Looking at the Bitcoin blockchain, we can see that it has also been inspired by philosophical ideals first. It is the initial philosophy of decentralization that has determined that the Bitcoin attributes should be able to achieve certain societal ends, in line with particular philosophical assumptions of how society should be organized. These philosophical assumptions are libertarian in nature, and strive for a society with little or even no government interference in the economy and people’s lives. The goal of the crypto-anarchists[1] and cypherpunks[2] that have developed many of the technologies that have made Bitcoin possible, is visible from for example Wei Dai (personal communication, February 10, 1995), the creator of Bitcoin’s precursor, B-Money:

I’ve been assuming (perhaps incorrectly) for some time that most cypherpunks hold a belief somewhat like the following:

There has never been a government that didn’t sooner or later try to reduce the freedom of its subjects and gain more control over them, and there probably never will be one. Therefore, instead of trying to convince our current government not to try, we’ll develop the technology (e.g., remailers and ecash) that will make it impossible for the government to succeed.

Considering that the creation of ecash was merely a means to achieve certain ends like freedom from the clutches of government, and considering the fact that Satoshi Nakamoto regarded Bitcoin as an expansion of B-Money, it is reasonable to say that both cryptographic money systems stem from a shared philosophy.[3] Both cryptographic money systems embody an ethics that serve as foundational guidelines for the founders and the community.

As is the case with Bitcoin, Serey has also been founded on the crypto-anarchist and cypherpunk philosophy. Next, we will introduce Serey and see how this philosophy has shaped Serey’s technical blockchain design and its decisions on blockchain applications development.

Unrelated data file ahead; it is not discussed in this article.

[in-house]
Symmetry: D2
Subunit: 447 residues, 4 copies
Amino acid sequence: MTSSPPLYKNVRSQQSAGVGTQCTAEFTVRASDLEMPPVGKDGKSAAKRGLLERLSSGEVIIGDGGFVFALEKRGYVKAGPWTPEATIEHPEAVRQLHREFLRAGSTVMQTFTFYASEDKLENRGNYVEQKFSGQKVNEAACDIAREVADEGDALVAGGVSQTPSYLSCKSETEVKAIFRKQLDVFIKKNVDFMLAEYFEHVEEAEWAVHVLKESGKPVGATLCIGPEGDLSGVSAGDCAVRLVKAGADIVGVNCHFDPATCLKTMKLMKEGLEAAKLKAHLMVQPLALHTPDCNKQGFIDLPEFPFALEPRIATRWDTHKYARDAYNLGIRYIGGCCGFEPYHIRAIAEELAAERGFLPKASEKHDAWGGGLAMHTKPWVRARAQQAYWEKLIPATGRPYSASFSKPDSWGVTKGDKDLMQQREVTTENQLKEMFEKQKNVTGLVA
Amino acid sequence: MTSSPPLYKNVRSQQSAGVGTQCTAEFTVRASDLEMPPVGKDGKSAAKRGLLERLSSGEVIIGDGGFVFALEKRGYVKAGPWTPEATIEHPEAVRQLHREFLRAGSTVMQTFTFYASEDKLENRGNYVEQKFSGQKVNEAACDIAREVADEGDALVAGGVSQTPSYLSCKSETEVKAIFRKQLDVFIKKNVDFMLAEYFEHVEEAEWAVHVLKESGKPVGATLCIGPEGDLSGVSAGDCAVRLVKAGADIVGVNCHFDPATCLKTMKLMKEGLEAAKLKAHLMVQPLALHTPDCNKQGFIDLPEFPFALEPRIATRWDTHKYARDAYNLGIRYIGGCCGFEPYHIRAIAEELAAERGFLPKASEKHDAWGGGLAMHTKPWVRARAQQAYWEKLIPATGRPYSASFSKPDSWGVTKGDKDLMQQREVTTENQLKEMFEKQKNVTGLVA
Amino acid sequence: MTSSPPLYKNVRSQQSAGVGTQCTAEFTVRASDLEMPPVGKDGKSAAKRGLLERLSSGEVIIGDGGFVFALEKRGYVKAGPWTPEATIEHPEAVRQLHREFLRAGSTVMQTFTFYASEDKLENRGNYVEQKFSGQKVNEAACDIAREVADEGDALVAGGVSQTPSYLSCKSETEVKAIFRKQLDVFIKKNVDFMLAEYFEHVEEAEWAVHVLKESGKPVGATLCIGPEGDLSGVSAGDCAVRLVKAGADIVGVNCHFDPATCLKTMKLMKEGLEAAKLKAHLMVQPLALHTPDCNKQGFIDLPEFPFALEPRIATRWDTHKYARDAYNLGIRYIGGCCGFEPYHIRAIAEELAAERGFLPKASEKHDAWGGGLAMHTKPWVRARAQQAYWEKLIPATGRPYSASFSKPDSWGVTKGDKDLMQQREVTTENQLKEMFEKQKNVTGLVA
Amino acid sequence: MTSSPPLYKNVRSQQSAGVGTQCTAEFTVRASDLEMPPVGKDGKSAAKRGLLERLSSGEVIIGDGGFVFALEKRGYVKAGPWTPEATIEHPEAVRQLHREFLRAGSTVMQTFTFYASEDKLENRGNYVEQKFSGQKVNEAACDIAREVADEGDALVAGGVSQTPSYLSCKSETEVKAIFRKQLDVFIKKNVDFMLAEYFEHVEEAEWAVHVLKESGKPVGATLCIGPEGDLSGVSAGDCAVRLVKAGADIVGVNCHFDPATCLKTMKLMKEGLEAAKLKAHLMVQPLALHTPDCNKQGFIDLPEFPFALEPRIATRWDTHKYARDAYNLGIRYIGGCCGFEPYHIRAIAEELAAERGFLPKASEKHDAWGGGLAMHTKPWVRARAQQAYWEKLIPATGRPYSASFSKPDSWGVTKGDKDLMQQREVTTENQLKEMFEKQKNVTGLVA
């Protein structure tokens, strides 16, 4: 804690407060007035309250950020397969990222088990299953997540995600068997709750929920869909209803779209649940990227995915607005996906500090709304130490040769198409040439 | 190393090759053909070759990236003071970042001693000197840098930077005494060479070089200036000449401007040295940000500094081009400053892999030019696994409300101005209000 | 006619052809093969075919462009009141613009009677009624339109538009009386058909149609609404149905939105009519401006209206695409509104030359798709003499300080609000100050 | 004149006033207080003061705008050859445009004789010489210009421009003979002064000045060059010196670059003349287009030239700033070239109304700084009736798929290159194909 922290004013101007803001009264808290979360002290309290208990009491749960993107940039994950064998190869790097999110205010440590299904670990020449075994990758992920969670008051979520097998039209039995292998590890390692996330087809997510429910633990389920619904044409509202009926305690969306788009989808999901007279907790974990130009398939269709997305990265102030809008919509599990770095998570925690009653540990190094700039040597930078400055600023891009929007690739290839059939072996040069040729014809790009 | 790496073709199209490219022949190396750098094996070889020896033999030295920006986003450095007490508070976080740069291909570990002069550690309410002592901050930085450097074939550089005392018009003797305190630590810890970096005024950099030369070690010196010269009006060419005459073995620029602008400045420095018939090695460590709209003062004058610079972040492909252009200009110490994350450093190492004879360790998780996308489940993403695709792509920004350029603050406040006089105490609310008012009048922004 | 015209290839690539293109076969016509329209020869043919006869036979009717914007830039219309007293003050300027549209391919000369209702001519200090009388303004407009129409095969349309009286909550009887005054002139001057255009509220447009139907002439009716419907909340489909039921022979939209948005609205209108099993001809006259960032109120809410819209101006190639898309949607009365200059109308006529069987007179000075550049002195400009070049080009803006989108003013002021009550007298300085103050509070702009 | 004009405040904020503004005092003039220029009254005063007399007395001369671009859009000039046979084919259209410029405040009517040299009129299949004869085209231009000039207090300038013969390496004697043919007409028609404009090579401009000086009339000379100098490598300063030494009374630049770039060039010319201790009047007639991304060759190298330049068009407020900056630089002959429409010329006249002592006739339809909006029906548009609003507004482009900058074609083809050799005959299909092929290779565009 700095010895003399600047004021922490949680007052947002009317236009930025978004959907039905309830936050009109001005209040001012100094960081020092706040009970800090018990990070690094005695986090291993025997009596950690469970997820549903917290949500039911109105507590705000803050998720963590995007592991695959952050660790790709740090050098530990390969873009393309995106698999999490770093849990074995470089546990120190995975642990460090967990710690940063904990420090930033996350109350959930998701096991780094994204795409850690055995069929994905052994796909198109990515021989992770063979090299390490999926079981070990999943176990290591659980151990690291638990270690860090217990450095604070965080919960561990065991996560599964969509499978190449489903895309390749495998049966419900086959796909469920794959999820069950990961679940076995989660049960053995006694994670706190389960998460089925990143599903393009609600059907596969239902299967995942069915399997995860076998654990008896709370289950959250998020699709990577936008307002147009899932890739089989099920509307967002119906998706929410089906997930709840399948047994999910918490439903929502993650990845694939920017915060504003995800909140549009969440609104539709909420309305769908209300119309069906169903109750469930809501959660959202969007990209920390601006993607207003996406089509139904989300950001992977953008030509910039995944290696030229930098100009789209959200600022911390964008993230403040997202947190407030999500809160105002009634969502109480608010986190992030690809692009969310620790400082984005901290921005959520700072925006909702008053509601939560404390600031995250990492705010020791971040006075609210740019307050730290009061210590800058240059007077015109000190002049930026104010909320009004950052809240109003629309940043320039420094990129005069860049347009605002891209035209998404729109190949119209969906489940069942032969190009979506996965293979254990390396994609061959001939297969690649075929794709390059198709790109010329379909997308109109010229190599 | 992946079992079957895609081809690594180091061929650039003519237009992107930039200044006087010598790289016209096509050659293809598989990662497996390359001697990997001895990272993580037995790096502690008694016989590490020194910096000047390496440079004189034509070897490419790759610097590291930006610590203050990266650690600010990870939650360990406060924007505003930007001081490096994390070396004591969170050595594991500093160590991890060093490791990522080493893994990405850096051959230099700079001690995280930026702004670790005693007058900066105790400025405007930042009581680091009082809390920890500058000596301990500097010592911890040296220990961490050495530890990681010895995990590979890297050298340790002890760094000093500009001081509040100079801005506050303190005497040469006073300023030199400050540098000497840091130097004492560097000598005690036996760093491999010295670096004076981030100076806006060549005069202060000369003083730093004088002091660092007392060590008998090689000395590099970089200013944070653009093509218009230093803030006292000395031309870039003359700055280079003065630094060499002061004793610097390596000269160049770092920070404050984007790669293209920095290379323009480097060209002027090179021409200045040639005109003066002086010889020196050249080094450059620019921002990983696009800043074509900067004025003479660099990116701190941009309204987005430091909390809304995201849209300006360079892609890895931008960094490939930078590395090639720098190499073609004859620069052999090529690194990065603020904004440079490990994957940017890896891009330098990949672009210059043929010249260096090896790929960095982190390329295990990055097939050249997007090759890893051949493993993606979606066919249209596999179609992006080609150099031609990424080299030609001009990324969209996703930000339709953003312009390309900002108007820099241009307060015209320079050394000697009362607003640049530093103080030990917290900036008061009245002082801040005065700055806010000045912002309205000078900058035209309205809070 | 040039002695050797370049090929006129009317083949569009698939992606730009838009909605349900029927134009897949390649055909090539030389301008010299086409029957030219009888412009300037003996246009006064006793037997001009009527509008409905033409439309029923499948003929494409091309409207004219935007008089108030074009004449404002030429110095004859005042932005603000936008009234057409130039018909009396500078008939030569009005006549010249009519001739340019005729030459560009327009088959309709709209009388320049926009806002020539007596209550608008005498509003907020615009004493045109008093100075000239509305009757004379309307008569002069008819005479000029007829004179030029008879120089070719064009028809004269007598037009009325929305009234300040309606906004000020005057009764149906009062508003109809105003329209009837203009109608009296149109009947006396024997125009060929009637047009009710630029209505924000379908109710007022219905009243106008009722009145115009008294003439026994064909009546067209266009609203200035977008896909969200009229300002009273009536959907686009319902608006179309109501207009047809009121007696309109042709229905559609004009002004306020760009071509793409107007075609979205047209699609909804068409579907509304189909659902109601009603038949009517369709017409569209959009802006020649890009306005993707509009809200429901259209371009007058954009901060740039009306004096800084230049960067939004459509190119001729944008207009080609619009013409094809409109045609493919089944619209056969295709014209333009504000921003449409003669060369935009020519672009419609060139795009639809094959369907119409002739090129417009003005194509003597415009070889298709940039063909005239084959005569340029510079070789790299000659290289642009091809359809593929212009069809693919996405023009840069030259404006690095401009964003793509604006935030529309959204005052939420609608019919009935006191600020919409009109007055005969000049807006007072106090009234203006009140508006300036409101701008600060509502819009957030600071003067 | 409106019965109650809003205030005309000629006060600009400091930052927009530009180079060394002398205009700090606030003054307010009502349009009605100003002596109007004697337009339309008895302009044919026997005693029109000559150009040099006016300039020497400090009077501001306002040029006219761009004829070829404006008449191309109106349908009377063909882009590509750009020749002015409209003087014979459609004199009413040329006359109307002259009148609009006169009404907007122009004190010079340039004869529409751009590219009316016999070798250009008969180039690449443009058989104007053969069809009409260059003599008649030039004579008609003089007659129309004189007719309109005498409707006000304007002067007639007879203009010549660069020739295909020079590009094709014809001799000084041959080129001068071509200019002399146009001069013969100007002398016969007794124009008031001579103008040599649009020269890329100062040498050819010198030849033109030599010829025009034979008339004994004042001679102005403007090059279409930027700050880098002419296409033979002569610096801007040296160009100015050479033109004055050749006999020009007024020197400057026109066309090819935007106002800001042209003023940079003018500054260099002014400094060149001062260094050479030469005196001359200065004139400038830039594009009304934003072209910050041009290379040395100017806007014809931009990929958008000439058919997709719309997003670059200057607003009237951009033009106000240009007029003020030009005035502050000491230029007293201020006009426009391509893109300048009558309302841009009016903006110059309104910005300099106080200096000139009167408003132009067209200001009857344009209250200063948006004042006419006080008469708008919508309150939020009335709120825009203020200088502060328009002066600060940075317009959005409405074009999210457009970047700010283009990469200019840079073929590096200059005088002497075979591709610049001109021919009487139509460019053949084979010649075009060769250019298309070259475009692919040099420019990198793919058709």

3. Serey, a blockchain-based social platform

Serey is a social platform that is originally forked from the Steem blockchain, which was developed by Ned Scott and Dan Larimer in 2016. Like Steem, Serey also uses a Delegated Proof-of-Stake (DPoS) consensus mechanism with a block time of 3 seconds. Serey is the first blockchain project in Cambodia, and has the ambition to stimulate intellectual thought by offering users incentives to write and express their thoughts. These incentives are both pecuniary and non-pecuniary in terms of Serey token distributions, and are discussed in greater detail in the section on Serey’s incentives structure. Other ambitions of Serey is to create a censorship-resistant platform on the blockchain level where everyone is free to enter and engage in sharing content and exercising their creativity, no matter what their social status or economic power is. Social applications that have already been developed or are currently in development on the Serey blockchain are a blogging platform (, a marketplace, a lottery, and a question and answer application similar to Quora. From a user interface level, Serey aims for community-based censorship as a way to regulate what is visibly shown to users and to prevent content that is not in line with communal values.[4]

Serey social media platform

With respect to writing and sharing content, Serey believes that writing is one of the best ways to develop oneself intellectually. Through writing, you are forcing yourself to reflect on your own thoughts and to cultivate your imagination.[5]